The head of the TTF SPATULA Group and three other consultants in connected vehicles and traffic operations have launched a company to improve the use and benefits of the automated eCall safety systems built into almost every new car and van on our roads.
eCall is a built-in safety feature which automatically activates in the event of a collision when the airbags are deployed. It can also be manually activated by the driver or passenger by pressing a button to report something they see, like a stopped vehicle on a live motorway.
Since 2018, all new cars and vans supplied in Europe are fitted with eCall. One in five vehicles on UK roads have it, and there are now more than 10,000 UK alerts every month.
The voice aspect of eCall is widely used by emergency services but the data eCall also provides is not used fully. Every eCall provides the vehicle location, Vehicle Identification Number and fuel type – vital data for both emergency services and highway operators.
There is still a huge opportunity to make the full use of eCall data. Research has already concluded that eCall data alerts can reduce current voice-led response times by a factor of ten. Enhancing existing voice channels with a new data channel, coupled with automatic data filtering, can radically reduce the time taken to know of a collision or other event needing a response.
The website Highways News reports that, therefore, ITS and transport consultants Andy Graham – who leads SPATULA – Andy Rooke, Danny Woolard and Alan Gentle have come together to form VESOS, the first dedicated company for analysing and processing eCall data to create validated incident alerts. The company will also provide consultancy services on implementation and business cases for eCall, as well as strategic advice and data analysis.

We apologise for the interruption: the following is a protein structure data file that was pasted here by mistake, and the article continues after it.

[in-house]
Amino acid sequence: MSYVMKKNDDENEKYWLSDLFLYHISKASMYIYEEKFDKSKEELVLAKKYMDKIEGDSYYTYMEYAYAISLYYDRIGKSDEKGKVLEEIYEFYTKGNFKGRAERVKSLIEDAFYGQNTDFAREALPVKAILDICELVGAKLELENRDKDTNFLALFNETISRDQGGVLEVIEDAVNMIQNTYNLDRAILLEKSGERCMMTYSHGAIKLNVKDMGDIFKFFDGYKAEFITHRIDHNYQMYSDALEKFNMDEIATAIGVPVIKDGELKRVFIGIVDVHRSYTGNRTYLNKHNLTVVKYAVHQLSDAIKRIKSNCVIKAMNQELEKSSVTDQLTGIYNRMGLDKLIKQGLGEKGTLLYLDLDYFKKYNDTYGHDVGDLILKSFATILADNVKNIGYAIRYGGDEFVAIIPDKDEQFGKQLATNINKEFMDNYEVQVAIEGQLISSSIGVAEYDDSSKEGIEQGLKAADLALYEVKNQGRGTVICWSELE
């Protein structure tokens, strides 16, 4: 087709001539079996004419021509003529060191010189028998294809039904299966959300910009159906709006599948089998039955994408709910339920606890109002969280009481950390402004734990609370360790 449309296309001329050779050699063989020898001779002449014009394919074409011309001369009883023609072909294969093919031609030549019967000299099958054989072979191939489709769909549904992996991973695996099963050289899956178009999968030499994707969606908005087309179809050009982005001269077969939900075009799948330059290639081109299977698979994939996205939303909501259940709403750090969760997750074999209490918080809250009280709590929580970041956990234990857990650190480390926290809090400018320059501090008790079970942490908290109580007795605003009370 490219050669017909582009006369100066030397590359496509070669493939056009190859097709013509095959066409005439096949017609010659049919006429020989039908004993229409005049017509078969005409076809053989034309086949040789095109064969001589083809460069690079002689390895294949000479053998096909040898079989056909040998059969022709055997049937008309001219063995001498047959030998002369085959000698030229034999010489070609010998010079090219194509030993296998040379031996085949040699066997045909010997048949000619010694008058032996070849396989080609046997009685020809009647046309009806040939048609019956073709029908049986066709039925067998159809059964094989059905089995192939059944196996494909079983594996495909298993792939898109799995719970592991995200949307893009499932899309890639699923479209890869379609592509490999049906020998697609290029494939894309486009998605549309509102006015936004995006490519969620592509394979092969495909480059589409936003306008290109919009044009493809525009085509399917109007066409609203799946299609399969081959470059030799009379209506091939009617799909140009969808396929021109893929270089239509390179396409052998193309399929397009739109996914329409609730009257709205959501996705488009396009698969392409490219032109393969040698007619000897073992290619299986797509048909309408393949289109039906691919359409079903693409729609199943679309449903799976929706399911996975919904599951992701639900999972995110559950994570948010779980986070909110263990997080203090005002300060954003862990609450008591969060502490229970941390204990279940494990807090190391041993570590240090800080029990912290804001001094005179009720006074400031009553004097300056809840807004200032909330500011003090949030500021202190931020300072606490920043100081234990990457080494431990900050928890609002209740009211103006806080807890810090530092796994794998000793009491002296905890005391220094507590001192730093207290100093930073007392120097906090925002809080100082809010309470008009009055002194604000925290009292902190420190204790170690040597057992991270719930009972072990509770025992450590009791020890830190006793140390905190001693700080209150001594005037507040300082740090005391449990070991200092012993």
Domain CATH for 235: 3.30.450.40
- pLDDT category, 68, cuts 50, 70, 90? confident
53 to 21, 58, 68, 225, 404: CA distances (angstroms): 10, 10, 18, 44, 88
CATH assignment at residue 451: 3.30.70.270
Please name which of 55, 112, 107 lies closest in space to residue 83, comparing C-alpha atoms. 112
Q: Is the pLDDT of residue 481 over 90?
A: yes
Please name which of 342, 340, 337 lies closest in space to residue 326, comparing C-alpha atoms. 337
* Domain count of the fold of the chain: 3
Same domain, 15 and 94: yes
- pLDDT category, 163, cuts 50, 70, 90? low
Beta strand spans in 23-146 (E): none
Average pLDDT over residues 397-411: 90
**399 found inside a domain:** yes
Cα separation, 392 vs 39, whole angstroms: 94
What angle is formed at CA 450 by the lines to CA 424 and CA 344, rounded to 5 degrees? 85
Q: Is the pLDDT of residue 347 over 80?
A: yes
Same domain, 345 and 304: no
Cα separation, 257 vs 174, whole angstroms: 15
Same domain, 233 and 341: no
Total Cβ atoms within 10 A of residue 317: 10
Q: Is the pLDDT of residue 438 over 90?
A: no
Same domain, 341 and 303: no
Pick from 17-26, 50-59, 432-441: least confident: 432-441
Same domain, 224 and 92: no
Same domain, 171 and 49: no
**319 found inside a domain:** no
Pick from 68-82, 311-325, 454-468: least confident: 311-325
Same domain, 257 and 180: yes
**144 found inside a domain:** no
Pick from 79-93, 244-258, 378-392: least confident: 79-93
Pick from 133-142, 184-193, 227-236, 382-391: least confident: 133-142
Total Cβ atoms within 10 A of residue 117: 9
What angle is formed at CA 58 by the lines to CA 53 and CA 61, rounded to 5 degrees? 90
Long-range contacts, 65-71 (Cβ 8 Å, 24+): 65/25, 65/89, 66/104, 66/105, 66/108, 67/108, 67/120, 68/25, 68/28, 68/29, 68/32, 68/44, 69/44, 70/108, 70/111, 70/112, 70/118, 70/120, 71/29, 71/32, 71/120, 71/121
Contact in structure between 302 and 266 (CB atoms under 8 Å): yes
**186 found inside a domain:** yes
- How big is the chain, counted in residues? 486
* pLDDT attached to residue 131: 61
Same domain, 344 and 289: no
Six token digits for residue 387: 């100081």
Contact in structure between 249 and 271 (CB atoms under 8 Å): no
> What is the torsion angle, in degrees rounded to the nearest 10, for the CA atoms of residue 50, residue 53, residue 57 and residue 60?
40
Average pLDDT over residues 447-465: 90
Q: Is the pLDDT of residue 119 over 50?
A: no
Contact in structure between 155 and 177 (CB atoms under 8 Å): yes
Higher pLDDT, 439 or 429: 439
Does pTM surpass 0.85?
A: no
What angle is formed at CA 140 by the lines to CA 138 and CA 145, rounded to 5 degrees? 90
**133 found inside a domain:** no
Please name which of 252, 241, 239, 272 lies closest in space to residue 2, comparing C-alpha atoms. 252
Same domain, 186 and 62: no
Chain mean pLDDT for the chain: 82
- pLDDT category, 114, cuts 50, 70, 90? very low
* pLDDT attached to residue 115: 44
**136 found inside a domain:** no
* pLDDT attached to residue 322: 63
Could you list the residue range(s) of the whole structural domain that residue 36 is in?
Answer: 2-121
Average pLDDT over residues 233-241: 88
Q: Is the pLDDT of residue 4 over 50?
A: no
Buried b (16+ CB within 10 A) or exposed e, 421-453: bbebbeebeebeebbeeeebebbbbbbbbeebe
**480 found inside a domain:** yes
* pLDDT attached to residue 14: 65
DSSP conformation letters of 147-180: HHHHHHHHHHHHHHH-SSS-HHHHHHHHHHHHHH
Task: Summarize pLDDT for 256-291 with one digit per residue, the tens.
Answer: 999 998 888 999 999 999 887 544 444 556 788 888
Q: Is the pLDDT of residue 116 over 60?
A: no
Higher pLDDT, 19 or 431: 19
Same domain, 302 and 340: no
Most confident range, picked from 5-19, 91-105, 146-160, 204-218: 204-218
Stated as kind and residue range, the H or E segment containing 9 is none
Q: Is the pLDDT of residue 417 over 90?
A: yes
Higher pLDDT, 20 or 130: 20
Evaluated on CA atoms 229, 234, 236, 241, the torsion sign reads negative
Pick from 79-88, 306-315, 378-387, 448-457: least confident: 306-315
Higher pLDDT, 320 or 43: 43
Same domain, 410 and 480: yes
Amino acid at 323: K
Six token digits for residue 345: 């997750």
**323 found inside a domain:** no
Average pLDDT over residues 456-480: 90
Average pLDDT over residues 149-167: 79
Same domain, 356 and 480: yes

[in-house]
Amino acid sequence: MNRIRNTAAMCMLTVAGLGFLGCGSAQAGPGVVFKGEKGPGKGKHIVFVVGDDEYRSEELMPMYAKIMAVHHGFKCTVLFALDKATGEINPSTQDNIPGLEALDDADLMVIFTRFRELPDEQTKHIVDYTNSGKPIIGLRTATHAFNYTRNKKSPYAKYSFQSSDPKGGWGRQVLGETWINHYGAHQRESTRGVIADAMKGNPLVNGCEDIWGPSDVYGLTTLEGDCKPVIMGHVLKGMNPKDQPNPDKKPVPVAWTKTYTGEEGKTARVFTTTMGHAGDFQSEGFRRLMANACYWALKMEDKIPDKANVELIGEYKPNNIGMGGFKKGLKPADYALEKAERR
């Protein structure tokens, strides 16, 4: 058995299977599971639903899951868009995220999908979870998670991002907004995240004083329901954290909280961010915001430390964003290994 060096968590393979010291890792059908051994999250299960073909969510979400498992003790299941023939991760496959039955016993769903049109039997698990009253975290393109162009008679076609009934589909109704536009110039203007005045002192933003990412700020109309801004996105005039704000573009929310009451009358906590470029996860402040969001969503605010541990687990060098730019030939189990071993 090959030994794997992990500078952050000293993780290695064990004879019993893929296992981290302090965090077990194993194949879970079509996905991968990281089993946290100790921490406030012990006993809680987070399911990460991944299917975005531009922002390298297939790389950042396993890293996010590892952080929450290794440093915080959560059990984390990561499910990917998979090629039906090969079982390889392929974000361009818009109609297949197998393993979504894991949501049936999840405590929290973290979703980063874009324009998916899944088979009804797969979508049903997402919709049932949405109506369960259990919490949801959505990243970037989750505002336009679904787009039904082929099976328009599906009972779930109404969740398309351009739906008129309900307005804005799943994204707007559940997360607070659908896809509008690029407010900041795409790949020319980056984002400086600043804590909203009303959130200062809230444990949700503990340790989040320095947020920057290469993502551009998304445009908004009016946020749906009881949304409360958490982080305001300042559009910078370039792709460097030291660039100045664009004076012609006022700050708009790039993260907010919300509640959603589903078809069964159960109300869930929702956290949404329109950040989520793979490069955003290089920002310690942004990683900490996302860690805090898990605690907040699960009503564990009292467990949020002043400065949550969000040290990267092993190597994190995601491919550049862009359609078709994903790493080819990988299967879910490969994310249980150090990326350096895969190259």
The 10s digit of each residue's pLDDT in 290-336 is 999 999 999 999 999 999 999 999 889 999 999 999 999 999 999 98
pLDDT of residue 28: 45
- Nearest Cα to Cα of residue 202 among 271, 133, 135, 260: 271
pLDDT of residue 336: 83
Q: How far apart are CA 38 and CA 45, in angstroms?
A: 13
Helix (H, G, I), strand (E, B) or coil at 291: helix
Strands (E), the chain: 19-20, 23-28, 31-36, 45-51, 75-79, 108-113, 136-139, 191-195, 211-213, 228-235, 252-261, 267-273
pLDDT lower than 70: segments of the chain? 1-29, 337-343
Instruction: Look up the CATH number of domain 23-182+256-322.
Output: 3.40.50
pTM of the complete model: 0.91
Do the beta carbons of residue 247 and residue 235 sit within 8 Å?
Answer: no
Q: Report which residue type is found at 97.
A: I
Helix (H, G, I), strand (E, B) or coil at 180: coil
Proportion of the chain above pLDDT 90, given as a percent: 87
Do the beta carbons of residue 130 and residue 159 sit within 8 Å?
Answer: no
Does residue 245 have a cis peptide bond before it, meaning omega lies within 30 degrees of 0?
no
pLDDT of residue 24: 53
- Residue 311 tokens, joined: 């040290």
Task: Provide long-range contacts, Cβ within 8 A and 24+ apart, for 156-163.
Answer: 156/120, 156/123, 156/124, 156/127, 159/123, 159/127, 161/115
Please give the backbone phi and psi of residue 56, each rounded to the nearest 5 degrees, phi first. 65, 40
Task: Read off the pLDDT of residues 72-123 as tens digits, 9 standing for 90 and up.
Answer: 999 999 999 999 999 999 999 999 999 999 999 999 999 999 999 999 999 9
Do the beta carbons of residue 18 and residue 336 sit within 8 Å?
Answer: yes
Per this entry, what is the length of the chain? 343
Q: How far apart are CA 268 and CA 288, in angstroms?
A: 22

The VESOS “TeCall” platform overcomes concerns about the new technology by sitting between the eCall service provider and highways and emergency command and control centre systems. TeCall filters, enhances, prioritises, and forwards eCall incidents that emergency services need, in the form they need, in seconds. It can also be a very valuable historic data source.
“TeCall delivers data about a road incident quicker than an operator can say “what’s your emergency?,” explains Andy Rooke, who has worked on the concept and real world implementation of eCall for 20 years. “TeCall alerts complement the existing voice channels and only report incidents in the geographical areas that emergency services want, filters out alerts from faulty units, provides data for analysis and operations, and ultimately saves lives by reducing response times. In the Connected Vehicle world, eCall is at the forefront. It’s not a question of if but when to start properly using eCall data.”
“That’s just the start of the potential value,” added Andy Graham, who is an expert on business cases and connected vehicles. “We can use the eCall data from the vehicle to estimate the severity of the incident, and help emergency services prepare for what they will find when they get there. When every second counts after a road collision or stopped vehicle, this is a vital piece of technology.”
“Imagine the value of a properly-implemented eCall system on a smart motorway,” added Telematics traffic business development expert Danny Woolard. “Within seconds of an incident being detected, systems can be automatically setting warning signs and closing lanes, keeping those involved far safer in the carriageway. ECall alerts from airbag activations are a highly reliable and rapid indicator of a collision that could become a major event”
Traffic operations design and development expert Alan Gentle added, “eCall data is an obvious and readily available way of saving lives. VESOS is unique in the world of eCall, the only company specialising in the analysis, assessment and implementation of eCall within the world of connected vehicles.”
If you would like to hear more, please email [email protected] or visit www.vesos.co.uk
(Picture – National Highways)